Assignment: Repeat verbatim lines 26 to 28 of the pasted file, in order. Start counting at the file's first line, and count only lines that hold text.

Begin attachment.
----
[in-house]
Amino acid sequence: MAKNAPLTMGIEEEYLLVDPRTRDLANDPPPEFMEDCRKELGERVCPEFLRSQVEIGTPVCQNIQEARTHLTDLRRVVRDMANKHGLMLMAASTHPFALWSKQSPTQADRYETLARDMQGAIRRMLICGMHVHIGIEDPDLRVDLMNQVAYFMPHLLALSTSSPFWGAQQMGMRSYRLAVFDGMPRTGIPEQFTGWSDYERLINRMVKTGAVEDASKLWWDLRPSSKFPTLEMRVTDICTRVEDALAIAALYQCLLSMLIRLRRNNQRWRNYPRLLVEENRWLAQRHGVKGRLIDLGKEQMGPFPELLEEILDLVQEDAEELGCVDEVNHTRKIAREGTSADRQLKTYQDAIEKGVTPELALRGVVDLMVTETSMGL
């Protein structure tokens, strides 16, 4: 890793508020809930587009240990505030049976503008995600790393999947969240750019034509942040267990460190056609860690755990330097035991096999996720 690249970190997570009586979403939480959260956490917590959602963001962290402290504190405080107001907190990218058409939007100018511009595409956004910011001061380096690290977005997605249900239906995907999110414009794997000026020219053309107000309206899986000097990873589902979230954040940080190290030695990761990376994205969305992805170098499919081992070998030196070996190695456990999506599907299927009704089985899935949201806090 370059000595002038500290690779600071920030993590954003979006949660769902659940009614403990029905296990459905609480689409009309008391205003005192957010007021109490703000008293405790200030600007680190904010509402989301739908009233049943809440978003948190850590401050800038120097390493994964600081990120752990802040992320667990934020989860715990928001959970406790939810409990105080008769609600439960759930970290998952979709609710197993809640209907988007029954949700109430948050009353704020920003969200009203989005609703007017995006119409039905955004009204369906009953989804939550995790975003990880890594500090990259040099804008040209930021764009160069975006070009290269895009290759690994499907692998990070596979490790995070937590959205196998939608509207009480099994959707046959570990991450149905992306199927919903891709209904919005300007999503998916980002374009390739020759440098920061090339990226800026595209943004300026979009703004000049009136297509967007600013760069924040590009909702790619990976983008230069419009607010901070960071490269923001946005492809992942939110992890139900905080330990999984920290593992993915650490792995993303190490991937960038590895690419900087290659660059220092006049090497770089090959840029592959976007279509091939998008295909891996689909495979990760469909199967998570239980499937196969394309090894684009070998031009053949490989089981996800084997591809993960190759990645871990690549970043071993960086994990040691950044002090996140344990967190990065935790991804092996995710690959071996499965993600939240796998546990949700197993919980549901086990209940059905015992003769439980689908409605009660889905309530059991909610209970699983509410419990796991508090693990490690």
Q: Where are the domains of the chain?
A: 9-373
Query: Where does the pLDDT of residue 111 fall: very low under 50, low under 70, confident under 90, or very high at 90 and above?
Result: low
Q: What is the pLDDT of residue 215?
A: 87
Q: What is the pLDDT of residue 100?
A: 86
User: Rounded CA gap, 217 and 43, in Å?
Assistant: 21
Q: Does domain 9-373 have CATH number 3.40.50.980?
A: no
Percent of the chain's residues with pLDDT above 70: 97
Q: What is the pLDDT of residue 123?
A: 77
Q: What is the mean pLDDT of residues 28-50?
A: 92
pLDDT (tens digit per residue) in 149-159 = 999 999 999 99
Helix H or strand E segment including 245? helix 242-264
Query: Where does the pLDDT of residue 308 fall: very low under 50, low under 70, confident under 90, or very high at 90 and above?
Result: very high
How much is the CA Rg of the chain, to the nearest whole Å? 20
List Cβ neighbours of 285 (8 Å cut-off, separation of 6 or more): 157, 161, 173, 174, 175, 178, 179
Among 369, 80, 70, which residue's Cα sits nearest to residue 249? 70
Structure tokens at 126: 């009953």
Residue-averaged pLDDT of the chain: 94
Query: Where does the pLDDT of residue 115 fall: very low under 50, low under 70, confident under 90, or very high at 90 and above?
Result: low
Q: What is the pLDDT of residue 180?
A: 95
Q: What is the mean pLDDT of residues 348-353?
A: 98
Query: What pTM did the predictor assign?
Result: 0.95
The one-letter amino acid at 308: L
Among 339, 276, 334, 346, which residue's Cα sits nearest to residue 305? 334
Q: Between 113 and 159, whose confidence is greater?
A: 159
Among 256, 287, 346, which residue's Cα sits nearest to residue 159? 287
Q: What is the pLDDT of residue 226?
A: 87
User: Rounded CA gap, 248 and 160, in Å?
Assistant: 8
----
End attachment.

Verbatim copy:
List Cβ neighbours of 285 (8 Å cut-off, separation of 6 or more): 157, 161, 173, 174, 175, 178, 179
Among 369, 80, 70, which residue's Cα sits nearest to residue 249? 70
Structure tokens at 126: 């009953």